Thursday, March 27, 2008

Session # 50:

Unfortunately I was ill this morning and was not able to attend the session, however, this iw what the crew did:

W/up: 5 x 200m with 10s rest as 1) swim, 2) pull, 3) fins kick, 4) pull, 5) swim

Main: 2 x (4 or 6 x 150m with 15s rest between each and 45s after the first set)

Set 1 = fins as 50 drill + 50 swim + 50 drill

Set 2 = simply swim smooth!

C/D: 200 easy


Tuesday, March 25, 2008

Session # 49

Hope you all had a crackin' Easter - a nice little session today to ease you back into the swing of things!

Thursday, March 20, 2008

Tuesday, March 18, 2008

Session # 47

How high can you "fly" on the Swim Smooth "Index of Smoothness" ;-)
A steady session focussing on form today.

Thursday, March 13, 2008

Session # 46 - a promotion!

It was a day for promotions this morning, with Mr Andrew Holmes taking a step up for the first time into lane # 2 and Sue-Ann Anderson taking the crown of most consistent swimmer in this "blue-riband" set of 15 x 100 aiming to hold best possible pace.
Its a tough set, but a great sense of satisfaction for having completed it!
The two coaches (Paul Newsome and Adam Young) are seen here sharing a ride on Paul's scooter whilst Adam's scooter is in for repair - happy days!

Tuesday, March 11, 2008

Thursday, March 06, 2008

Session # 44:

Another day, another time-trial! Repeating this session every 4 to 6 weeks is great for monitoring progress and re-evaluating your training levels / target paces for the next few weeks. You shouldn't view time-trials as something to fear, after all as Andy Coggan, (sports physiologist) says:

"Training is testing and testing is training!"

What was great to see was that after yesterday's cycle time-trial where 100% of those who had repeated the session from 6 weeks ago did a P.B, it was a similar story in the pool today with ~80% "repeater" posting P.B times - a really great result!

What we had chance to do with the second squad session at 10am this morning (see bottom photo) was get everyone's split-time through the first 100m and compare this with their finishing time. In an ideal world where the 400m would have been either even-split or potentially even negative-split (i.e. last 200m faster than first 200m), we then said, "OK, if they have done their first 100m in 1:40, then they should be hitting close to 6:40 for the 400m assuming optimal pacing". What we found was (in some cases) very different, and this is not at all unusual. Click on the bottom photograph for a clearer view and see that the figures in a small red circle next to their finishing time is the difference in seconds between what time they did finish in and what time they "should" have finished in, with the lower the number, the better. Ideally we'd like to see values here of 5 to 15s as opposed to some which were as high as 60-seconds. Rather than this be a "name & shame" thing though (we've all done it, trust me!), we need to learn from that, and at this point I'd like to draw your attention to this excellent article on Perceived Exertion and Pacing:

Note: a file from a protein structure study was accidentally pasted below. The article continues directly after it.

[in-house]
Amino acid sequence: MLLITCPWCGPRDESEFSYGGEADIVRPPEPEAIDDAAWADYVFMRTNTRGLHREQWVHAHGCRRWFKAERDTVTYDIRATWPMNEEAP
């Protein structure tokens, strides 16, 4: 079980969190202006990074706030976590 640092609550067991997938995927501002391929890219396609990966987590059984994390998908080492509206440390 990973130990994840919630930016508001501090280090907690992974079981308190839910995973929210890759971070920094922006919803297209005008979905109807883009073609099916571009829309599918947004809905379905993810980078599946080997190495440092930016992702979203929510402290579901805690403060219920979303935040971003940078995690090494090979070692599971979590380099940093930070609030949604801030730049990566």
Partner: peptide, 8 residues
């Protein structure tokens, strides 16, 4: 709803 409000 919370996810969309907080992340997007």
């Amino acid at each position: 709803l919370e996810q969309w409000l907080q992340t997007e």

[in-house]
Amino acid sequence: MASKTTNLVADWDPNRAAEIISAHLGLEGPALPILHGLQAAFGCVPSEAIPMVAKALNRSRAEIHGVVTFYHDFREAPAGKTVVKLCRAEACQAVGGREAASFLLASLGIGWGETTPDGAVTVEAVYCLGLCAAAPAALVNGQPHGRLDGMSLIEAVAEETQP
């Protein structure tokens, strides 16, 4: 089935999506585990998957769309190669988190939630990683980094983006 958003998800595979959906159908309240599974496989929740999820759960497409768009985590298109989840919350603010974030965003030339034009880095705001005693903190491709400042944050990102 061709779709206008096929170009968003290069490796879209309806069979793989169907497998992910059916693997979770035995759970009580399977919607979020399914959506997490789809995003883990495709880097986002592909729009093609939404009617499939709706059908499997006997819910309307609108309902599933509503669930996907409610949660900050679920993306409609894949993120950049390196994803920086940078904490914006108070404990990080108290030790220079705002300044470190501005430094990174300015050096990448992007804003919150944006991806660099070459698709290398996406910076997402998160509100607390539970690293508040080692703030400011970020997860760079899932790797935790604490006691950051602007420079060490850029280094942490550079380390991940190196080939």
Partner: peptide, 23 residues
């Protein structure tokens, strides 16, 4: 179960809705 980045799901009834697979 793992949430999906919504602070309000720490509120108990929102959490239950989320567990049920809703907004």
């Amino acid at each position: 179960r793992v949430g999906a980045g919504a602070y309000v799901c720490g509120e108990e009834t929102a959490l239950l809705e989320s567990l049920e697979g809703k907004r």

The article by Charles Howe look at how many of the world records in track running in the last 30 years have been set with a slightly negatively-split time. Makes for very interesting reading, especially before our 5km run time-trial this evening!



Wednesday, March 05, 2008

Session # 43:

Today's session was simply a 2.2km swim / 2.5km swim or a 3.0km swim. This was done continuously and at a steady aerobic intensity. Swimmers in the squad benefitted not only from the positive physiological and confidence-boosting effects of this session, but of the individual stroke correction they each received after their swim as well.

Try it for yourself - very simple, but great all the same!